Christopher Buckley

Post Structuralism
August 21, 2019 Buckley Christopher

Post Structuralism

But the first idea was not to shape the clouds
In imitation. The clouds preceded us.
W. Stevens

Mornings I’m here
looking out over the sea,
trying to read whatever
the waves last inscribed
on the shore,
regardless. . . .
Where else is there
at this point to look
for meaning?
Nothing to be made
of clouds—
I don’t see Einstein,
no clipper ships,
no rib bones,
nothing very like a whale. . . .
sign in please. . . .

Throughout childhood,
through the afternoons,
the long silences
settled like shade in the parks . . .
cumulus and nimbostratus
trailing me
home like beggars—
no other interpretation.

Now, all autumn,
I walk around
and find no one
in the doorways waiting for me
to stop and
discuss the sky,
point above the pines to dust
falling instead of rain
over the rose beds,
the acacias,
the brief
bright life of nasturtiums. . . .
Whatever it was
we sang in hope,
or recited by rote
for significance
in our lives,
faded with the bells
and incense
each Lent,
beneath the ineluctable
subtext of death.

Shearwaters, petrels, foam trails
on the waves . . .
we’re all speeding through
unscripted space
no matter what
we see embedded in starlight.

Out the high windows,
a couple clouds still form
in support of daydreaming,
which, as a sideline
all these years,
put little in my pocket—
chalk dust,
coming out to much
the same. . . .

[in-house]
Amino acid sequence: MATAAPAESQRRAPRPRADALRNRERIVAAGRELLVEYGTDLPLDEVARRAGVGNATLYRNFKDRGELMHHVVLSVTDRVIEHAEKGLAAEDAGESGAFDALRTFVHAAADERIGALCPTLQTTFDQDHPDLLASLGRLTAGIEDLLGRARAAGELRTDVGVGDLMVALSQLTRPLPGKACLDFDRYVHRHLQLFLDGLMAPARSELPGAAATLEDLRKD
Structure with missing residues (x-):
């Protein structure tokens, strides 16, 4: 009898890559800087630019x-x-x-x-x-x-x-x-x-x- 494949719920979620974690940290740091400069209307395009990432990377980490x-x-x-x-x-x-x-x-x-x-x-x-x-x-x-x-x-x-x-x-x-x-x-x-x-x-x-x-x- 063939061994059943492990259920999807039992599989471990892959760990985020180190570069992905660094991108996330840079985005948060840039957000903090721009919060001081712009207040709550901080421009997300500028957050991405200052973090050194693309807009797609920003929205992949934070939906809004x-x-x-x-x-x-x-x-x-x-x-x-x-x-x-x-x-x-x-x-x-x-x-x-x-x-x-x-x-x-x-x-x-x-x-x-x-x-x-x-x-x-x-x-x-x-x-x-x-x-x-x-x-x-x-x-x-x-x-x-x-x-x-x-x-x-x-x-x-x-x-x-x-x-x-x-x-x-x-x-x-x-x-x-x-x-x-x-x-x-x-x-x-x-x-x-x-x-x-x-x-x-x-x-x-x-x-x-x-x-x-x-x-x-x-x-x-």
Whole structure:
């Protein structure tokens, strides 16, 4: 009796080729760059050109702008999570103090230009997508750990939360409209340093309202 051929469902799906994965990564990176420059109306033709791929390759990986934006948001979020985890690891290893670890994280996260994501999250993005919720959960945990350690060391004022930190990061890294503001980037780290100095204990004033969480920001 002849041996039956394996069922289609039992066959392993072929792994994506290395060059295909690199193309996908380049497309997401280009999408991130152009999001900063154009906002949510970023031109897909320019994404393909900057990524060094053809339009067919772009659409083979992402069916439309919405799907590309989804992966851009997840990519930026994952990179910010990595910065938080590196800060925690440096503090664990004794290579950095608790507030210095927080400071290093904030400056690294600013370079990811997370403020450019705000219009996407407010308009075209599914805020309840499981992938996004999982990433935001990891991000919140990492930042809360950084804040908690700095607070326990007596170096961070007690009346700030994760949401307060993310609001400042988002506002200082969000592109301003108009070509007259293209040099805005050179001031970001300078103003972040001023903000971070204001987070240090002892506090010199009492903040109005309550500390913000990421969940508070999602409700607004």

Just so,
our assembled particles
from the faint blueprints
of our bones . . .
we’re an arrangement of atoms,
here on contingency
of we don’t know what,
hoping there’s something
implied behind each buzzing
electron, each invisible
proton in the cyclotron of light,
in the underlying
theme of grey matter transliterated
behind our eyes.
What do you say
we scuttle the theories
in favor of
the old sea-links in our veins?
We’ve been guessing
all along,
gambling with the tenuous
chemicals of our blood
and breath—
double or nothing,
nothing wild,
house rules unknown
beneath the blank
slate of the sky,
beneath each dim
sheaf of clouds,
imperceptibly over the sea.

Christopher Buckley’s most recent book is One Sky to the Next, winner of the Longleaf Press Book Prize, 2023. He has recently edited: The Long Embrace: Contemporary Poets on the Long Poems of Philip Levine, Lynx House Press, 2020; and NAMING THE LOST: THE FRESNO POETS—Interviews & Essays, Stephen F. Austin State Univ. Press, 2021.